Prior to receiving Desolate Kings for review, I’d never heard of Oracle, and my guess is, prior to reading this, neither have you. The band’s relative obscurity aside, this comprehensive retrospective on the brief career of this North Carolinian quasi-Christian collective is certainly enjoyable in its best moments.
Starting in the early 1990s, Oracle crafted some stout and thrashy power metal, gifted as they were with the intimidating pipes of Shawn Pelata. Pelata’s multi-octave range was (and is) impressive, his piercing falsetto exactly that and his gruffer midrange voice bringing similarities to the likes of early Phil Anselmo, Phil Rind (Sacred Reich), and mid-period Erik AK (Flotsam & Jetsam), melodic and leathery and broken up with that Halford-ian shriek. Although Oracle was a power metal act at heart, Pelata’s snarling chest voice and some groovy chunky riffing kept one of their collective feet firmly on the power-thrash line, treading that same middle heavier-than-trad-but-more-trad-than-heavy ground that Metal Church always occupied.
With Pelata on the mic, Oracle managed a four-song demo and their sole label-released effort, the Selah EP, which serves as both the opening of this collection and the band’s finest recording. Being as it was Oracle’s most professional effort, Selah’s production is the best of anything on hand, although it, too—like everything here—is dated with the definite stylings of early 90s metal. Overall, the production on Desolate Kings varies from recording to recording, as one would expect, but it’s obvious that great care was taken in the mastering of the compilation—certain tracks are rawer than others, but everything fits together sonically as neatly as could be.
After the Selah EP, Pelata departed and guitarist Robert Kerns took over vocal duties, recording the two tracks that made up the band’s 1993 demo, the band’s final release. Kerns’ voice is lower, grungier and less shrieking power-metal than Pelata’s, and what it makes up in modernization, it lacks in dynamics and distinctiveness. The two tunes from that 1993 demo are a bit more aggressive, more groove-thrash than their predecessors—the band was audibly trying to keep up with the changing times—but overall, neither supersedes the Selah material, and neither matches the professionalism and simple fury of the Pelata-fronted days. As a bonus for the dedicated Oracle fan, at Desolate Kings’ close, we’re treated to alternate vocal versions of the band’s earlier recordings, with Pelata back on hand. These different demos certainly don’t surpass the other versions of the same material, but they’re there, if only to further paint the portrait of a band in various stages of development.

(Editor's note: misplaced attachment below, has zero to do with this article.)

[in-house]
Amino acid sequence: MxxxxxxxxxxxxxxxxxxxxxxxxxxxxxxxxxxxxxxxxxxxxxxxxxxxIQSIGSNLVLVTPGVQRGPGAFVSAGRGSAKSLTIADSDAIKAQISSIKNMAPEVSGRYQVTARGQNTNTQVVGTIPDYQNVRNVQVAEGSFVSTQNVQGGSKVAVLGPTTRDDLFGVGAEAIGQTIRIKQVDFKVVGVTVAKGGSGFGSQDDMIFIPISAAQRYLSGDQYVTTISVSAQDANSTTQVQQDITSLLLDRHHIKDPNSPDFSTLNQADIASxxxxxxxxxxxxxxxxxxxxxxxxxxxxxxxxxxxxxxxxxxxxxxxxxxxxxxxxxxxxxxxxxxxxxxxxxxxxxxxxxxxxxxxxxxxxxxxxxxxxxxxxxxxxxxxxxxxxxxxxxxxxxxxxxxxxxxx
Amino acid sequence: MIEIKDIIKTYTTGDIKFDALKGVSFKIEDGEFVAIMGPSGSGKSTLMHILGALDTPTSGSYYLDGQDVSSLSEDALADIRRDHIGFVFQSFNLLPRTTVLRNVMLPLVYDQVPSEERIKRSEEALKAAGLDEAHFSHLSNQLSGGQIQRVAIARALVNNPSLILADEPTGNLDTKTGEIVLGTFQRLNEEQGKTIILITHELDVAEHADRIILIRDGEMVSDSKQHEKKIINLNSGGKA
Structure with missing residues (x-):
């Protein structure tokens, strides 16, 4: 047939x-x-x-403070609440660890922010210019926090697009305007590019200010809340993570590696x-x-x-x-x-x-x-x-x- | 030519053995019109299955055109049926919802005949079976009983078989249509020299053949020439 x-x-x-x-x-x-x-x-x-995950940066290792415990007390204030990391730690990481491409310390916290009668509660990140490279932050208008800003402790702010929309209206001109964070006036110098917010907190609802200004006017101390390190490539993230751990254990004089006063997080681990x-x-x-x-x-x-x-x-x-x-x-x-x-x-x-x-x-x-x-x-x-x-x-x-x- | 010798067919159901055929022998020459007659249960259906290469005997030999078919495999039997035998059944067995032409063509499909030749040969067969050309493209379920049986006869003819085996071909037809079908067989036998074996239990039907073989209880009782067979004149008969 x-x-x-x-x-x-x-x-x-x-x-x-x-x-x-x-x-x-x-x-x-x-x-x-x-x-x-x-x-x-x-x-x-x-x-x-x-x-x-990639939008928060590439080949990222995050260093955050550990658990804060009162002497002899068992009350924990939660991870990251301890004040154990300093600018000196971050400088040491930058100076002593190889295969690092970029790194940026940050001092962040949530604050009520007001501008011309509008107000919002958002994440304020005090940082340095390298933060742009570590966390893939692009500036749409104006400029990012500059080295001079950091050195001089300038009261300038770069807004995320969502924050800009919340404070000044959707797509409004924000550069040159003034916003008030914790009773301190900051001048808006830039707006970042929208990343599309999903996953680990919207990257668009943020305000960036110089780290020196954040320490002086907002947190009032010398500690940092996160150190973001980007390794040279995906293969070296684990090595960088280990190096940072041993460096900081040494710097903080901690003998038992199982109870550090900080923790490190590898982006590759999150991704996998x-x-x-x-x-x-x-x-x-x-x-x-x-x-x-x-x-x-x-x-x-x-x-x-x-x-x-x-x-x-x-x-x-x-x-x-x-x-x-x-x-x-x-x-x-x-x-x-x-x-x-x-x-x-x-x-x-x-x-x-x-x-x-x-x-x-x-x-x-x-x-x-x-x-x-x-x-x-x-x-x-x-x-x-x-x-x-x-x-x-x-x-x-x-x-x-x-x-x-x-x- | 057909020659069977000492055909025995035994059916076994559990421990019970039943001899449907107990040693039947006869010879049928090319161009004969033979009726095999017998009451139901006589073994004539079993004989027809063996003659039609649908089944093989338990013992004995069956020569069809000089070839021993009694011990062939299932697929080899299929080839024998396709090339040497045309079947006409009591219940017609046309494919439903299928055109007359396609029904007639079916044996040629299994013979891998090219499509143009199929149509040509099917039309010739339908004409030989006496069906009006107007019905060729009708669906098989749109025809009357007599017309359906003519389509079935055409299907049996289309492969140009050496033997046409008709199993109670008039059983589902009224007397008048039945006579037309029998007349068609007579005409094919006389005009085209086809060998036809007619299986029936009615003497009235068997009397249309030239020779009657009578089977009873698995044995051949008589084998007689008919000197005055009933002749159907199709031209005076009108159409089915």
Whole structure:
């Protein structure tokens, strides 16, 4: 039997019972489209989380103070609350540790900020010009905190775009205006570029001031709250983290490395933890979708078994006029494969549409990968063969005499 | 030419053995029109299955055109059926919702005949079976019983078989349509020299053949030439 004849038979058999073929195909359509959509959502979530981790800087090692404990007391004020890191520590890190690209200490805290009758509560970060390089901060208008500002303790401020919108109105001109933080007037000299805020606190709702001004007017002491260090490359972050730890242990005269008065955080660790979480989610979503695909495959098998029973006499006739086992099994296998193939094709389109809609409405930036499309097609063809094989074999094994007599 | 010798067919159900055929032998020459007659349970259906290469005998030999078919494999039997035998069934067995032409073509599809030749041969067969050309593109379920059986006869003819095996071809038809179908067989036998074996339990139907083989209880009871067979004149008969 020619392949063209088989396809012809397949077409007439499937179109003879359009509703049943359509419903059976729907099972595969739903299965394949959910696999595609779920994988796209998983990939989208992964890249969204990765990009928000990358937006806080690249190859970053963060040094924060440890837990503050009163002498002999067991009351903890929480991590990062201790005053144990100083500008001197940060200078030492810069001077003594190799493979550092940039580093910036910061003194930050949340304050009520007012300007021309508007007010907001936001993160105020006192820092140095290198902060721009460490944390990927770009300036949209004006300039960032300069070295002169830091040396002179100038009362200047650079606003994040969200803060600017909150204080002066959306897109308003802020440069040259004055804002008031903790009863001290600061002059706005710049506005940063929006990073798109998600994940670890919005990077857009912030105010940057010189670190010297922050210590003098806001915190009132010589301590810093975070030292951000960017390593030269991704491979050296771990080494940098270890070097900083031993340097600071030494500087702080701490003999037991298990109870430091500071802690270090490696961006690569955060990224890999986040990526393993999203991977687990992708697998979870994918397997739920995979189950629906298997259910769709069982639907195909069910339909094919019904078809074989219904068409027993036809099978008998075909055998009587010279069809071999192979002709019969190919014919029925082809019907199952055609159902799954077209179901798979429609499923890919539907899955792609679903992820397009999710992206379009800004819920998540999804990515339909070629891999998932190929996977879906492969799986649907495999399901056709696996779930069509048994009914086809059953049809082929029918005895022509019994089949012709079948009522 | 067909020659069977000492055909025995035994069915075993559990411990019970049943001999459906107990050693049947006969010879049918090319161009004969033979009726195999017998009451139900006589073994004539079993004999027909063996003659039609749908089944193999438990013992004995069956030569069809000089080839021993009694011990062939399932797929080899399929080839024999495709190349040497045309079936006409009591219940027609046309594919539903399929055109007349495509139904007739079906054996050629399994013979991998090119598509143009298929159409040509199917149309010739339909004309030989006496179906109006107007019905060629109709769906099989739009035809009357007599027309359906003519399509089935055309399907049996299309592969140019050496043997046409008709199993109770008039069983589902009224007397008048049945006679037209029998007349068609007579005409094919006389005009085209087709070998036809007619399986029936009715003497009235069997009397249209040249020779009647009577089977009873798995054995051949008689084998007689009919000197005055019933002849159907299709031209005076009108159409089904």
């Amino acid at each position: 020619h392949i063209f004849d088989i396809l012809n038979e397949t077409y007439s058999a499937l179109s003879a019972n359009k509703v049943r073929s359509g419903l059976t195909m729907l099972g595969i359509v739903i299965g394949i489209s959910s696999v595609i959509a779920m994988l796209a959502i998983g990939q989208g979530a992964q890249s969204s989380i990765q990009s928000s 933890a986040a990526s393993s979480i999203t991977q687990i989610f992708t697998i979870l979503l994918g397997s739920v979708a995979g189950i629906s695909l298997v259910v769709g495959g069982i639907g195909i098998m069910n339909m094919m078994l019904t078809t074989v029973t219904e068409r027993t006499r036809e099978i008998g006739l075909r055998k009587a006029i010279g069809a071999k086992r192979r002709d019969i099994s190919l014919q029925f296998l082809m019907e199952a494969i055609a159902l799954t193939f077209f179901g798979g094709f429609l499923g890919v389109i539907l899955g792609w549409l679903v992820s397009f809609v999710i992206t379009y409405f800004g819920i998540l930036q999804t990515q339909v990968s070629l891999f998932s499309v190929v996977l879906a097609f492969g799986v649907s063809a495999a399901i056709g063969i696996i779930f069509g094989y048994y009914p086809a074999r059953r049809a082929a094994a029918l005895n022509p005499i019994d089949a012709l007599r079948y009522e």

Post-Oracle, Shawn Pelata would later turn up in a few outfits, perhaps most notably (in extreme metal circles) as a guest vocalist on Killwhitneydead records, a fact that also partly explains this whole affair, as Divebomb is a side label of KWD homestead Tribunal and both labels are owned by KWD mainstay Matt Rudzinski. Pelata’s Journey-esque melodic hard-rock band Line Of Fire has also released records through Divebomb.
As good as the best material here is, due to the limited scope of the band’s catalog, Desolate Kings still isn’t an absolutely must-have diamond-under-the-dirt for anyone but the already converted. Oracle was a good band, with some surprisingly good metal to their credit, and they could’ve been a contender, I suppose, but things didn’t work out. Now, after all these years, Divebomb is kind enough to unearth and repackage Oracle’s limited run, and the best part of what’s here is tight and well-done and, as such, Kings is a nice collection. Fans will want this, of course, and beyond that, those listeners familiar with or interested in the early-90s scene—that moment wherein things teetered upon the edge between Painkiller scream and Chaos A.D. groovy chunk—will find Desolate Kings to be a solid snapshot of an underground band at the time and worth some exploration.